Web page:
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The Comedy in Tragedy

By Fred Wheeler

The WLT’s presentation of The Dearly Departed draws near, with performances Oct. 27, 28, 29, and Nov. 1, 3, 4, & 5.
Charlie Chaplin is credited with saying, “Life is a tragedy when seen in close up, but a comedy in long-shot.” Mr. Chaplin speaks the words that we often think but seldom say. When tribulations befall us, we see them as tragedies, when they strike distant others, we are apt to see the comic elements of the misfortune. We may see the same in our own lives…given sufficient time.
In the hilarious play The Dearly Departed by David Bottrell and Jessie Jones, the Turpin family suffers the passing of their father. Unfortunately, that passing is but one of the difficulties with which they must deal. The Turpin tragedies, viewed from the WLT’s theater in the round, provide more comedy than tragedy for the audience. 
Raynelle, the new widow, played by Sally Kelley, must come to grips with the loss of her husband. Sally is not just a great comedienne, she brings warmth and sentiment to the role of the widow. Raynelle reminds us that the survivors, not the departed, control the epitaph…or is it the epithet? 
Two of the Raynelle’s progeny, Ray-bud and Junior, played by Fred Wheeler and Kevin Walker, have their differences. Ray-bud feels the family loss in his personal pocketbook. Junior has made so many poor decisions that his father’s passing may be the least of his problems. Kevin Walker demonstrates the precise mix of incompetence and sincerity to make you believe in Junior as a real person with real problems. He will make you laugh…whether you want to or not.
The Turpin brothers have lovely spouses. Ray-bud’s wife Lucille is played brought to life by Michelle Hagans. Michelle steps into the character with the sweetness and good nature that make her a ray of sunshine piercing the veil of dysfunctionality that is the Turpin family.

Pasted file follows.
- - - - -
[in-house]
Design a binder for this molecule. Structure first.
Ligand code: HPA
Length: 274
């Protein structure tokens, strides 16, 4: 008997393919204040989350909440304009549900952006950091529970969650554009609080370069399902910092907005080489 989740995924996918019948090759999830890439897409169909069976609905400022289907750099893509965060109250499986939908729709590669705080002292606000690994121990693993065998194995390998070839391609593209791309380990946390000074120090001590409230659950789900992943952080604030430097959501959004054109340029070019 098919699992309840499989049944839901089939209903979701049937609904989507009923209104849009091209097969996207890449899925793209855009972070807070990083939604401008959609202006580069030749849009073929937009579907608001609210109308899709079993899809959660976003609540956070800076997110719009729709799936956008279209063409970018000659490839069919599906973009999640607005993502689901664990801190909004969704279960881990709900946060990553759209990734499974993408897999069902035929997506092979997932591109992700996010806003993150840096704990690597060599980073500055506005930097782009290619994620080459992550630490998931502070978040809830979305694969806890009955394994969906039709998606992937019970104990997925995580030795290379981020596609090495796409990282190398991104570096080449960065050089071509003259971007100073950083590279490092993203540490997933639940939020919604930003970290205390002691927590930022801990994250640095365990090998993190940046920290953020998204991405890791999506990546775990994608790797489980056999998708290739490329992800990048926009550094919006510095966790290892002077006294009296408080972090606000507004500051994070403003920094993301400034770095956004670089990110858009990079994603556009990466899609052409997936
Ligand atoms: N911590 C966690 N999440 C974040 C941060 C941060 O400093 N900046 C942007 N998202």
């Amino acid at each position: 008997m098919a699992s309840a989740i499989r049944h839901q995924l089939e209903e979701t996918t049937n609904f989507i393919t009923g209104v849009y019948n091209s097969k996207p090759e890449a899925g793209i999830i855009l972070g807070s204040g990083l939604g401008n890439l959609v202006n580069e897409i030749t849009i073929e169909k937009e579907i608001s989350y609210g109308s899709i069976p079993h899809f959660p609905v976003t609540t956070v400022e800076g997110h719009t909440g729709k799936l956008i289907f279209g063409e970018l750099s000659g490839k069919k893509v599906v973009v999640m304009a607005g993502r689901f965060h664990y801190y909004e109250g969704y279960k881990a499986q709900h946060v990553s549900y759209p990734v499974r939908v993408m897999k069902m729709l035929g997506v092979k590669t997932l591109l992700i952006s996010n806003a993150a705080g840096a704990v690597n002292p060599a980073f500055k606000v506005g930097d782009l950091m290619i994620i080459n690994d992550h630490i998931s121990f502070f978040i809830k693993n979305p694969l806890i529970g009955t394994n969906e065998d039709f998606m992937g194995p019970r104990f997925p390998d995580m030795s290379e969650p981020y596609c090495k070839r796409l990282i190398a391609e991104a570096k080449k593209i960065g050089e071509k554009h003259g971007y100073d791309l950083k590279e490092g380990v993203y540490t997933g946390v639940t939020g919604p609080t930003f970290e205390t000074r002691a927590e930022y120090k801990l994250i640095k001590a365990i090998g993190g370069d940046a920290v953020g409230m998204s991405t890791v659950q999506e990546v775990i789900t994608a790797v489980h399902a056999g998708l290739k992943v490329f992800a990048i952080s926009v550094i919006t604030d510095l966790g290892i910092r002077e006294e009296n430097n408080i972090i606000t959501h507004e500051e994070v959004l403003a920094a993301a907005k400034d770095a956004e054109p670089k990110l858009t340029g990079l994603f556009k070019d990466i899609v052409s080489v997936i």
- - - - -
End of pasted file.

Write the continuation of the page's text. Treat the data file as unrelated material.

Junior’s wife Suzanne, played by Jennifer Farrow, seems entirely broken-up by the loss of her stepfather…or is it her marriage to Junior that has her grieving? Jennifer plays the brash Suzanne like the play was written around her. She gets to shout, laugh, cry (and cry some more), and sing in this production. You’ve been warned…and she’s very funny.
The Turpin brothers’ Aunt Marguerite has a whole lot of attitude, and she brings it to the table, and to the funeral, along with her son Royce. Gaileen White zealously plays the zealous Marguerite with the Bible-thumping style and tell-it-as-she-sees-it zeal that makes this character so humorous…a sharp and biting kind of humor that might make some people cry. Marguerite has kind words too; she just doesn’t seem to believe in diminishing their value with over use. 
Royce, the ne’er-do-well son of Marguerite, marches to the beat of a different trombone. Royce is played by Steve Lyon. Royce has a plan for life. Royce has a philosophy. His life plan may be to annoy his mother; his philosophy could be described as circular. Steve really gets into the role of Royce; he brings a distinct character to the character. Speaking of characters, Steve plays three in this production. All three are tremendously funny. 
Last, but not least of the Turpin family, is Delightful. Samantha Perdue, who is also the assistant director for the production, is the corporeal (or at least some of it) manifestation of the character. Delightful is the unexpected last child of the departed and his wife; Samantha manages to make this role very funny with limited lines but lots of stage time. Samantha also plays the ever-pregnant Nadine…another individual unable to see the problems with her life-decision making skills.
Another hilarious character is the Reverend Hooker, as performed by Steve Robertson. Steve will show a few sides of the interesting reverend. His portrayal should bring tears of laughter to your eyes, and make you nearly as uncomfortable as the reverend appears to be from the sort of self-inflicted tribulation which strikes him.
The play also features, the lovely Juanita, the eternal Yam Queen, played by Brenda Lee. Brenda expertly seizes the Yam Queen’s demeanor who effectively rubs it in the noses of those less fortunate ladies. Additionally, Brenda plays Veda, the caretaker-wife of Norval. If you want to cry with laughter, pay attention to the little things she does in that role. 
Tickets and show times are available online at: http://www.weiserlittletheater.org/
Get your tickets before they’re all gone!

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